Many of you will know him through his years of work with Atfal in Khuddam ul Ahmadiyya and virtually every department of the jamaat. More recently Rafik was a popular, much loved and highly respected Sadar of the Surbiton Jamaat, but for me he was quite simply one of my close childhood friends with whom I shared many happy memories across the last 40 odd years.

Rafik was the son of the late Dr Safeer an educationalist/teacher who had served the jamaat in West Africa and then came over to the UK. Rafik was only a young child when Dr Safeer sadly passed away. This must have been a terrible time for Rafik and his siblings, and the family could have become withdrawn and retreated into themselves, but instead the Safeer family, including young Rafik immersed themselves into the jamaat. Every evening, of every day Rafik and his older brothers Tahir & Nasir Safeer would come to Masjid Fazal to attend both Maghrib and Ish’a prayers. They would take part in jamaat activities at every level whether it was Atfal, Khuddam, Tabligh or any other activity that the jamaat called upon them to perform, and at the heart of all these activities you would always find Rafik.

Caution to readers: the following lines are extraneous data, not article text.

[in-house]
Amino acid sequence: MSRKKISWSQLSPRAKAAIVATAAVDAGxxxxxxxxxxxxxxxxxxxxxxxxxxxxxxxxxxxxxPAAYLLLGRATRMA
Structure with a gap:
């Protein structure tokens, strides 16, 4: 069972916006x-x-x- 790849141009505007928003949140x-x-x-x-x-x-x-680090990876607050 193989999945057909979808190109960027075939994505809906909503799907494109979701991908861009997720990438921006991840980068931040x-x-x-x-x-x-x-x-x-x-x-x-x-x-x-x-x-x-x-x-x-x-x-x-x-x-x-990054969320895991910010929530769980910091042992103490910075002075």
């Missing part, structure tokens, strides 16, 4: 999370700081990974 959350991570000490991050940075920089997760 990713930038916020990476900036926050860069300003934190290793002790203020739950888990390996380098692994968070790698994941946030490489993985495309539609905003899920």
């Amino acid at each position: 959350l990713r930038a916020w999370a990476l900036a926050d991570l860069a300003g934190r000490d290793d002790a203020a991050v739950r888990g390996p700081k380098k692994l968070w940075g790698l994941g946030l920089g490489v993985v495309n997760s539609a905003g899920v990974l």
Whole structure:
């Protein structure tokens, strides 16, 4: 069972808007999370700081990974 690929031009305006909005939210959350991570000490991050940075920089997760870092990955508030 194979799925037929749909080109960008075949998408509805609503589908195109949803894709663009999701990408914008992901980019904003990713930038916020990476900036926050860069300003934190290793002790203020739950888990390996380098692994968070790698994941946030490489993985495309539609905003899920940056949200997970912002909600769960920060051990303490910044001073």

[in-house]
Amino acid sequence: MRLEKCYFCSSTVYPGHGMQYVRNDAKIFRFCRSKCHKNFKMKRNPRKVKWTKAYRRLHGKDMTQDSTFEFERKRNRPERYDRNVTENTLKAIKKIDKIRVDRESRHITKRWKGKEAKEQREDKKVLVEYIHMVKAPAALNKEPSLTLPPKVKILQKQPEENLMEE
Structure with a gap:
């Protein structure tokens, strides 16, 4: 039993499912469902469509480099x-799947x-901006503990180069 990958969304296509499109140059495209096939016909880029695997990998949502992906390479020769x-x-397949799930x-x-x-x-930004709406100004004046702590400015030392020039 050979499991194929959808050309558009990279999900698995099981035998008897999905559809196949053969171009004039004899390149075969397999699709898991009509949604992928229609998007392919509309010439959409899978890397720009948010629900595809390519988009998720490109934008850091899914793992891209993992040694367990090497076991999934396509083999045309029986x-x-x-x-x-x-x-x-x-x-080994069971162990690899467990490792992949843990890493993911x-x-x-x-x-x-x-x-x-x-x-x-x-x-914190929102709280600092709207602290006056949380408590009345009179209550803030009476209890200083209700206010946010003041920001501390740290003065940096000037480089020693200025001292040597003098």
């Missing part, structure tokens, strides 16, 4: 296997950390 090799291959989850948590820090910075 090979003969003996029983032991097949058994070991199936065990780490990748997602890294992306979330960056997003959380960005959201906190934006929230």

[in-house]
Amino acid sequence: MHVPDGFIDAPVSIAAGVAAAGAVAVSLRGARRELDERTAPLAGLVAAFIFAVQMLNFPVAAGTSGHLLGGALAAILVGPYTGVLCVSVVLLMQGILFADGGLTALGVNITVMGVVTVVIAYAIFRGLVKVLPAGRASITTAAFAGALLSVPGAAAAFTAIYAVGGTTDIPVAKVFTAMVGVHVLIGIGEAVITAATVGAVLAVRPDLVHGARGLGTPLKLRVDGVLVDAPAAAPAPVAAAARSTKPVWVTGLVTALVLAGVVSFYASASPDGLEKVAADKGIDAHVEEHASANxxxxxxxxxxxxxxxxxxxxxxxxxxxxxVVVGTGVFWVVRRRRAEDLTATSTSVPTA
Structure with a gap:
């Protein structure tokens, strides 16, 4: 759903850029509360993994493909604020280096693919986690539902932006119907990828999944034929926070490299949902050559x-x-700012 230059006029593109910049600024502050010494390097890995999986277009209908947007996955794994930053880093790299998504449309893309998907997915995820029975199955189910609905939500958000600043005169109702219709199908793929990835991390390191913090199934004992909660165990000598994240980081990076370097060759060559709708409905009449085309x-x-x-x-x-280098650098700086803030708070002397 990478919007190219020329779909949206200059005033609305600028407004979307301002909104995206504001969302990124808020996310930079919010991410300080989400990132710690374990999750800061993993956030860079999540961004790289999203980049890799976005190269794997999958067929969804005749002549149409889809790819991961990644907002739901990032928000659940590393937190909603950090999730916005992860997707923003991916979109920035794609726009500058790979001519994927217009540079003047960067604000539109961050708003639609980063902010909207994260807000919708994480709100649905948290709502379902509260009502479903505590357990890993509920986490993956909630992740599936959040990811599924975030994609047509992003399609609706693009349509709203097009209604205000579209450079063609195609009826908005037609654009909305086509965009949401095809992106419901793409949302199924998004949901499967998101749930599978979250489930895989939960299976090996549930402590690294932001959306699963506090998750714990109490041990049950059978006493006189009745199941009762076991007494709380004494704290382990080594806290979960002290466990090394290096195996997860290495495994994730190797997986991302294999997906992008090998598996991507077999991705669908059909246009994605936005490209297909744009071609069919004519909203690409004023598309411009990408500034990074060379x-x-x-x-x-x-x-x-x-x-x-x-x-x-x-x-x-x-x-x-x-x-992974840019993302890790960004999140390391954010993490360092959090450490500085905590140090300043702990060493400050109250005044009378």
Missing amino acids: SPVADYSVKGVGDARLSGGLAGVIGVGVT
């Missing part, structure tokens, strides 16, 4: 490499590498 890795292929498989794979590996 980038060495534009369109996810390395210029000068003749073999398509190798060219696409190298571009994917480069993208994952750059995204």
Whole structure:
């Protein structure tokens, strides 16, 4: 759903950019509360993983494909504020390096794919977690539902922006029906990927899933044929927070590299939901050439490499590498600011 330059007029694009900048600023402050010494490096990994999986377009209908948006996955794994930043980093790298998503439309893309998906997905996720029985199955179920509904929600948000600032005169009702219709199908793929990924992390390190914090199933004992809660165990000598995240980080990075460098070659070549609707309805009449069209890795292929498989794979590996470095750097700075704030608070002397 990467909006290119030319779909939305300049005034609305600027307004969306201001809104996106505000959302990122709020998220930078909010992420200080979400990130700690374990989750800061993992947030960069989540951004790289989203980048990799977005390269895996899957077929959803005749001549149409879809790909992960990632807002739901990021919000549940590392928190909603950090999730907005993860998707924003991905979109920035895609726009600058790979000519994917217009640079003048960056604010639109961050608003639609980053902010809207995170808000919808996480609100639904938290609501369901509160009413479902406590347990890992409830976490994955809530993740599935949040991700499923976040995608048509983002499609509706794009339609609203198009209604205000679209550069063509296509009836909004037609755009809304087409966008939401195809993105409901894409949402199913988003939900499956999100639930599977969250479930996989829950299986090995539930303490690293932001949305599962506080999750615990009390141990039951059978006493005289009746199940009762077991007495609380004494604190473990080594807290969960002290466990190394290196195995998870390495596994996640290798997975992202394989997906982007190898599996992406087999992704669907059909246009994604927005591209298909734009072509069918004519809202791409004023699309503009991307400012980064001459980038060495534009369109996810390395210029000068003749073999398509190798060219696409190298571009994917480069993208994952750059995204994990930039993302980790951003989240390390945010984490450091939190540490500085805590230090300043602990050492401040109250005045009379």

Rafik was the kindest, decent and upright people that I knew. He was also great company and had a lovely and wicked sense of humour. In those early days of the jamaat during the 70’s there were only a few of us and we all became good friends with each other. Rafik was a keen sportsman and played football really well. In addition, he and was an ace at badminton and table tennis. We played all of these sports initially in the old mission house at 61-63 Melrose Road, which would later become Mahmood Hall at Gressenhall Road.